• it was broadcast as part of an unclassified news programme
  • the programme had an adult target audience
  • audience expectations
  • the item’s subject matter.

[8]  In its decision on the complaint, TVWorks noted that Nightline was unclassified, and that it regularly contained more mature content due to its timeslot. It considered that regular viewers would not have been surprised or offended by the footage, and that the introduction and subject matter signposted the likely content and gave viewers an opportunity to make a different viewing choice.

[9]  We recently considered a complaint about the same footage broadcast during an item on 3 News at 6pm.3 In that case, the broadcaster accepted that standards relating to good taste and decency and children’s interests were breached, due to its early time of broadcast. We declined to uphold the complaint that the action taken by the broadcaster was insufficient. In our decision we said:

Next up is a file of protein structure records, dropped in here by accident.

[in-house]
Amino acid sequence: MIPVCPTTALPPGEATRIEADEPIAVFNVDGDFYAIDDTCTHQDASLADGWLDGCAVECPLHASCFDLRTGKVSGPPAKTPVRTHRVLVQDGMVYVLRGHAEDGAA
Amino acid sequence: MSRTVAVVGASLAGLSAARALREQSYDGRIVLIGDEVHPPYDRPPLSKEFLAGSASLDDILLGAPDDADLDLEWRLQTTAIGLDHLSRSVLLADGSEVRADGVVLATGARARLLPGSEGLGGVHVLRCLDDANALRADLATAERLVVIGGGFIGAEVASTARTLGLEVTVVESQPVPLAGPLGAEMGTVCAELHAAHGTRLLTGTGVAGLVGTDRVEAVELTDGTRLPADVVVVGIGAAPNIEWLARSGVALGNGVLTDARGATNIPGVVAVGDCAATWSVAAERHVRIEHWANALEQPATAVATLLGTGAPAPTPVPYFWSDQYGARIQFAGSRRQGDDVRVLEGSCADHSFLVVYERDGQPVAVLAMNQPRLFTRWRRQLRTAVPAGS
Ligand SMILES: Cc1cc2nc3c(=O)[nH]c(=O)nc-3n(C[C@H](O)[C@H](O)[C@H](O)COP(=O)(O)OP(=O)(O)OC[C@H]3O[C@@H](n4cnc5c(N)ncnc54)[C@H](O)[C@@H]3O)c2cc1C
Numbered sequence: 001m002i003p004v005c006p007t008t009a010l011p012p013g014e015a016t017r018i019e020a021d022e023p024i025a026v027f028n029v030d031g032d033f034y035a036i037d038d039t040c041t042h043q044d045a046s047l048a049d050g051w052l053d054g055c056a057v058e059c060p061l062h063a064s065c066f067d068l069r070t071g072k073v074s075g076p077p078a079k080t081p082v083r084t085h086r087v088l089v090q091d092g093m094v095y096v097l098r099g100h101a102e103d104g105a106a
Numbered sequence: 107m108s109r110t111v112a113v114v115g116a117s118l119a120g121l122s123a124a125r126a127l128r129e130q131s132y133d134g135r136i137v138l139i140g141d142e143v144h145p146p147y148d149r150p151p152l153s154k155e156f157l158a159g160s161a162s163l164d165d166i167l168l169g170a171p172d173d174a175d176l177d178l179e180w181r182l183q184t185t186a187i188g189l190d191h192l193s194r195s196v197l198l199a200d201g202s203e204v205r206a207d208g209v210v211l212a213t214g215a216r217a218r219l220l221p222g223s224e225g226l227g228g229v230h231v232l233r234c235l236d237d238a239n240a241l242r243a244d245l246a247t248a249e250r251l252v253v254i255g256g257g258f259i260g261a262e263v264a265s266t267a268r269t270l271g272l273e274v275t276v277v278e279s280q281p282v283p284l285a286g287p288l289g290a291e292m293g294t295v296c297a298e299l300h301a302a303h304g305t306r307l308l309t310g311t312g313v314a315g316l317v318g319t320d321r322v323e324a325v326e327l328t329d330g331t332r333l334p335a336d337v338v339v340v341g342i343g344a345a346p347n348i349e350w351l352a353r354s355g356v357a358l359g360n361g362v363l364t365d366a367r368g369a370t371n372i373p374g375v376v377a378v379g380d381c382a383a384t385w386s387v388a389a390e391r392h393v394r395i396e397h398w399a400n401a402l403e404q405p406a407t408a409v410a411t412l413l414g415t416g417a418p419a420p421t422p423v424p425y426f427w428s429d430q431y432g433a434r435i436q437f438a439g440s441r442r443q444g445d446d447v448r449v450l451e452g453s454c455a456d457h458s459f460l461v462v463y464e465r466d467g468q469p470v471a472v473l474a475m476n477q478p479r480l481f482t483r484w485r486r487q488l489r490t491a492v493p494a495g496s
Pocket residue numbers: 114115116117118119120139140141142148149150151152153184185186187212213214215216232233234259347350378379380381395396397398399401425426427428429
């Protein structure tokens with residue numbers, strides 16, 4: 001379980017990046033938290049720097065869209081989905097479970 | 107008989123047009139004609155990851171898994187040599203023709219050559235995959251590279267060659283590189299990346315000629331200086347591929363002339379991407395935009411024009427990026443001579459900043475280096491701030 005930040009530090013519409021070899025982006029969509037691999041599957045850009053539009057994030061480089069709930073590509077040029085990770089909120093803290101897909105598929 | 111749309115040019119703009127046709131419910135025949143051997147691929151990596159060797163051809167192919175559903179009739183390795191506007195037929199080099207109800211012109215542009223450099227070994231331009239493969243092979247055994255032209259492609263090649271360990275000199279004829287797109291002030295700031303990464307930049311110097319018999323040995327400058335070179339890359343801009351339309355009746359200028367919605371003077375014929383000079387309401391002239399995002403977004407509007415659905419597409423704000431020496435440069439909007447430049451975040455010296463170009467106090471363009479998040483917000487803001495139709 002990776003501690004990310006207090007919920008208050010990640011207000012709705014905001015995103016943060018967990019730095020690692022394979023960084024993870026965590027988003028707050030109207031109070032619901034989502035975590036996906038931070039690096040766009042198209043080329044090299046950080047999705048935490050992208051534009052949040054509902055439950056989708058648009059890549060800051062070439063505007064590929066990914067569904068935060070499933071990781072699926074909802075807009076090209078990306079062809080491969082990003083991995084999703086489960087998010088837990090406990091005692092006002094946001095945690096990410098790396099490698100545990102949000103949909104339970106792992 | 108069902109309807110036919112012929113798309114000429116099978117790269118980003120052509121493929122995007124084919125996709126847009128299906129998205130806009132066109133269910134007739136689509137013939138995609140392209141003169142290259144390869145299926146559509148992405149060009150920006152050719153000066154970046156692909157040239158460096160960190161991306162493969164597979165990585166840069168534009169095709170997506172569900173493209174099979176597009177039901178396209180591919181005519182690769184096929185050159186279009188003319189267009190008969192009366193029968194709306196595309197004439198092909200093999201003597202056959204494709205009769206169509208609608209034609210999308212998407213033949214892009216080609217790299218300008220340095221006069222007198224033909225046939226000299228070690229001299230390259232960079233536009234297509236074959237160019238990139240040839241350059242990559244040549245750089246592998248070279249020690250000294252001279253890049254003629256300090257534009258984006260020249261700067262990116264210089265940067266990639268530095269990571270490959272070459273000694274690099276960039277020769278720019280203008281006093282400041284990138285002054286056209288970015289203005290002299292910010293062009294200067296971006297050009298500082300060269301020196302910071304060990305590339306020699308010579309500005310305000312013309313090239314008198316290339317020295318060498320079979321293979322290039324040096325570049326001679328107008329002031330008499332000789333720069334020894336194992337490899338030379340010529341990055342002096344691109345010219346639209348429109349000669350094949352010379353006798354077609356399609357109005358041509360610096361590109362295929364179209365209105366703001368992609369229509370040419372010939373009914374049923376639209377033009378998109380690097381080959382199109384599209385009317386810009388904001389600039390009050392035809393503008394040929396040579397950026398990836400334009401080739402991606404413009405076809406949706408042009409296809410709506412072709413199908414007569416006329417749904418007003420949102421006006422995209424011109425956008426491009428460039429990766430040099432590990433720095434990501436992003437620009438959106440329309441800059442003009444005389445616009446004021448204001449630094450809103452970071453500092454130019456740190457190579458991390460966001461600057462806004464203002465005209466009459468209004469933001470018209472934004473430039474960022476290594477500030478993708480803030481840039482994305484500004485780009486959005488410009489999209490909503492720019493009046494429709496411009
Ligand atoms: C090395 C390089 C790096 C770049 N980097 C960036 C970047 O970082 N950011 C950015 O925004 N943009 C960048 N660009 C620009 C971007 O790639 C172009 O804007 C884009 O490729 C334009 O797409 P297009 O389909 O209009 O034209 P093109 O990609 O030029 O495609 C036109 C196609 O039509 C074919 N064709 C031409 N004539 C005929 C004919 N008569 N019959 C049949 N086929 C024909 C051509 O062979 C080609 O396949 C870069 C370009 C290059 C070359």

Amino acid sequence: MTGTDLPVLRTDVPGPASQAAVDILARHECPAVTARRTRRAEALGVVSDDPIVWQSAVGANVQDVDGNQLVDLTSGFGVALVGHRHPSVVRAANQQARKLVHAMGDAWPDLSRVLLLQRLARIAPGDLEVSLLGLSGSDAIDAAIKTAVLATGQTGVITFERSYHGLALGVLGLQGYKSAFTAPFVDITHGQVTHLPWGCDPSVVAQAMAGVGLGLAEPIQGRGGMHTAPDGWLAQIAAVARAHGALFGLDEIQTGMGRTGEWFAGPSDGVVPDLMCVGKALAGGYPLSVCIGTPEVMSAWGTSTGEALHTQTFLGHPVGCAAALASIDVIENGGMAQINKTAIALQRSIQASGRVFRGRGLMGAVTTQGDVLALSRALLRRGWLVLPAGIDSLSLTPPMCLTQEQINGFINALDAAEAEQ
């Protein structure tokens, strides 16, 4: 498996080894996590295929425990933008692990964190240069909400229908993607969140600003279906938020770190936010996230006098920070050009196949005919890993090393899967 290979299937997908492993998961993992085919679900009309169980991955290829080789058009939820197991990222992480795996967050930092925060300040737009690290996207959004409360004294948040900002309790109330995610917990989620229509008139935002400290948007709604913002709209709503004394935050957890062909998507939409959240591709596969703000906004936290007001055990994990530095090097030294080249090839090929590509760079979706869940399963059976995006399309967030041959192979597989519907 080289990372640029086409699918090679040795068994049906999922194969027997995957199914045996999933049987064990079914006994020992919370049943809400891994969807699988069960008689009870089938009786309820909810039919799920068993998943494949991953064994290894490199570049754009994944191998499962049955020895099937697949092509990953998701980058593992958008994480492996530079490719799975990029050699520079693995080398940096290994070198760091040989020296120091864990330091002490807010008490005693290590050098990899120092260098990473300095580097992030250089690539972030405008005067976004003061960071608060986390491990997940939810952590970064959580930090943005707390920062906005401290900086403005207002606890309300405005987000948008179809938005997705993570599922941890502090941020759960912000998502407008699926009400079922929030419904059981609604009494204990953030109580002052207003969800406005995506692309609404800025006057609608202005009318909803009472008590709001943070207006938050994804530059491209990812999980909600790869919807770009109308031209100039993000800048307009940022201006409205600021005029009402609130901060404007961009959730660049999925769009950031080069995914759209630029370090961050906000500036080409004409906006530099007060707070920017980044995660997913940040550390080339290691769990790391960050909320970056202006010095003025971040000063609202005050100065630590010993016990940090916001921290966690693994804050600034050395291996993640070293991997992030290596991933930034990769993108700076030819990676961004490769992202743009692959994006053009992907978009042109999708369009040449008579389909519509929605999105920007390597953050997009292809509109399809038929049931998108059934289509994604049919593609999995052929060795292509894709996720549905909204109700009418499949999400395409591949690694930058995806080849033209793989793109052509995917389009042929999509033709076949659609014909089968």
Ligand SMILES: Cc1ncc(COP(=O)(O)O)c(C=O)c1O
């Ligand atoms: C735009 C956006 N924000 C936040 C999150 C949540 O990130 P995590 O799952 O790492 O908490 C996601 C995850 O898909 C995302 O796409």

In our view, the action taken by the broadcaster in upholding the complaint, apologising to the complainant and counselling its editorial staff to prevent a similar breach of broadcasting standards, was sufficient.

The footage of the stripper pole dancing in a G-string was very brief in the context of the entire news item, and had some relevance to the subject matter of the item, namely, a “strip club turf war”, which was signposted for viewers in the introduction. We are satisfied that the inclusion of the footage in the item was the result of a lapse of judgement, and that the steps taken by TVWorks were proportionate to the nature of the breach.